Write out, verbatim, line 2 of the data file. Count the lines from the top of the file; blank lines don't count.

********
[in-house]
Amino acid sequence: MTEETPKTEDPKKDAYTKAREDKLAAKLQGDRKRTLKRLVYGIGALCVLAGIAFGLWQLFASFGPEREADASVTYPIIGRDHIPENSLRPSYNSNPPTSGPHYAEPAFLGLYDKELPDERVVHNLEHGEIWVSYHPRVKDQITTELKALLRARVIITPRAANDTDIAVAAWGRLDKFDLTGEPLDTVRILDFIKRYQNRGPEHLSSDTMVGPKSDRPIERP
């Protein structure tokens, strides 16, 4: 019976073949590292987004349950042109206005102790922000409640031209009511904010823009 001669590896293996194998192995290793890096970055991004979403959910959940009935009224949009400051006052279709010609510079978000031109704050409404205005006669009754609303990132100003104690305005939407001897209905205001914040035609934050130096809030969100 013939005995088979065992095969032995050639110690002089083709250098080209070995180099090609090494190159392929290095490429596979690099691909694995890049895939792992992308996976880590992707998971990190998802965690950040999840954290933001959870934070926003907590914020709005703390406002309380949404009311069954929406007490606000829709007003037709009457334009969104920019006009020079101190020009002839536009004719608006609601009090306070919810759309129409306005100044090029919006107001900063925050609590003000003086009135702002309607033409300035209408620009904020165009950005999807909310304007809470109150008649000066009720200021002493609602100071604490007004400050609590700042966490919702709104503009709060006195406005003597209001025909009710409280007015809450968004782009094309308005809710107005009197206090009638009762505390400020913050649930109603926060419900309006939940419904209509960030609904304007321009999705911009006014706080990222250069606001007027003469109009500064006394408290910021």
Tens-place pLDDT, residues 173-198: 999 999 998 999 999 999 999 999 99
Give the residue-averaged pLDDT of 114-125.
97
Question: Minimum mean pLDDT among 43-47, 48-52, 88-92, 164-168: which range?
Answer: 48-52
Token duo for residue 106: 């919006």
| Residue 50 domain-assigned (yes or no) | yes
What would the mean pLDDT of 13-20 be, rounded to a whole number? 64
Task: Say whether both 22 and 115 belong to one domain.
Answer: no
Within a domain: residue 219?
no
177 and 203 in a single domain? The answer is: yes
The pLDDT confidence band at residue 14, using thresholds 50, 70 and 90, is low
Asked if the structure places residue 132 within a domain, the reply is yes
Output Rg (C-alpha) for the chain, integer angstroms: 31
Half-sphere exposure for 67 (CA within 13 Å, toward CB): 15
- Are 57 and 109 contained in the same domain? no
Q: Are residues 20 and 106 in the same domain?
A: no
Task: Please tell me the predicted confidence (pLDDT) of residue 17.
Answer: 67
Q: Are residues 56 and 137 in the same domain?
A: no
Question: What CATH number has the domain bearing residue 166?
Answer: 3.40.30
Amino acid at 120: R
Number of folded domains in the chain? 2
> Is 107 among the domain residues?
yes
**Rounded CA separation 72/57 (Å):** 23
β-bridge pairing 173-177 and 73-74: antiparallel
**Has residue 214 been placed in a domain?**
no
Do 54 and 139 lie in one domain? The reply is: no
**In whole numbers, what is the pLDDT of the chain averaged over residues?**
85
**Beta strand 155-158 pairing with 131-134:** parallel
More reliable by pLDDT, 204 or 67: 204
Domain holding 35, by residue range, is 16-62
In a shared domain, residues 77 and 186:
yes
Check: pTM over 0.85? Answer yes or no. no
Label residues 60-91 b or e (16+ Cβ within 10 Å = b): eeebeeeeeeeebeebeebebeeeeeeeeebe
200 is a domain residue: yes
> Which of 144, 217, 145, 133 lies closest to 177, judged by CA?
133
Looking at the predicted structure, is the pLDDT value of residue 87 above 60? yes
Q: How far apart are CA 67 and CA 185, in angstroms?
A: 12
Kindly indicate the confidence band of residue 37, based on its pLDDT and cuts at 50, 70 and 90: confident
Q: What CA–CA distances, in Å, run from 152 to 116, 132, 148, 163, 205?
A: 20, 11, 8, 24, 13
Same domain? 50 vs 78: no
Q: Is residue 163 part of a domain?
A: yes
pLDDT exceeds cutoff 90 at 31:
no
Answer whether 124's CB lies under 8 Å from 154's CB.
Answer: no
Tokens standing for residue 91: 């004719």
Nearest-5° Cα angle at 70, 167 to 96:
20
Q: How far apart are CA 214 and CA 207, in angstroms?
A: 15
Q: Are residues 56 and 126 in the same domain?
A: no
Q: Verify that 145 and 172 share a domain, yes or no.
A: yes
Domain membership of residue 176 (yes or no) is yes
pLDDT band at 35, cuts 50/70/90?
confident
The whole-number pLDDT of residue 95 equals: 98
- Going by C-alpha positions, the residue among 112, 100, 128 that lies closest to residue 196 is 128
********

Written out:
Amino acid sequence: MTEETPKTEDPKKDAYTKAREDKLAAKLQGDRKRTLKRLVYGIGALCVLAGIAFGLWQLFASFGPEREADASVTYPIIGRDHIPENSLRPSYNSNPPTSGPHYAEPAFLGLYDKELPDERVVHNLEHGEIWVSYHPRVKDQITTELKALLRARVIITPRAANDTDIAVAAWGRLDKFDLTGEPLDTVRILDFIKRYQNRGPEHLSSDTMVGPKSDRPIERP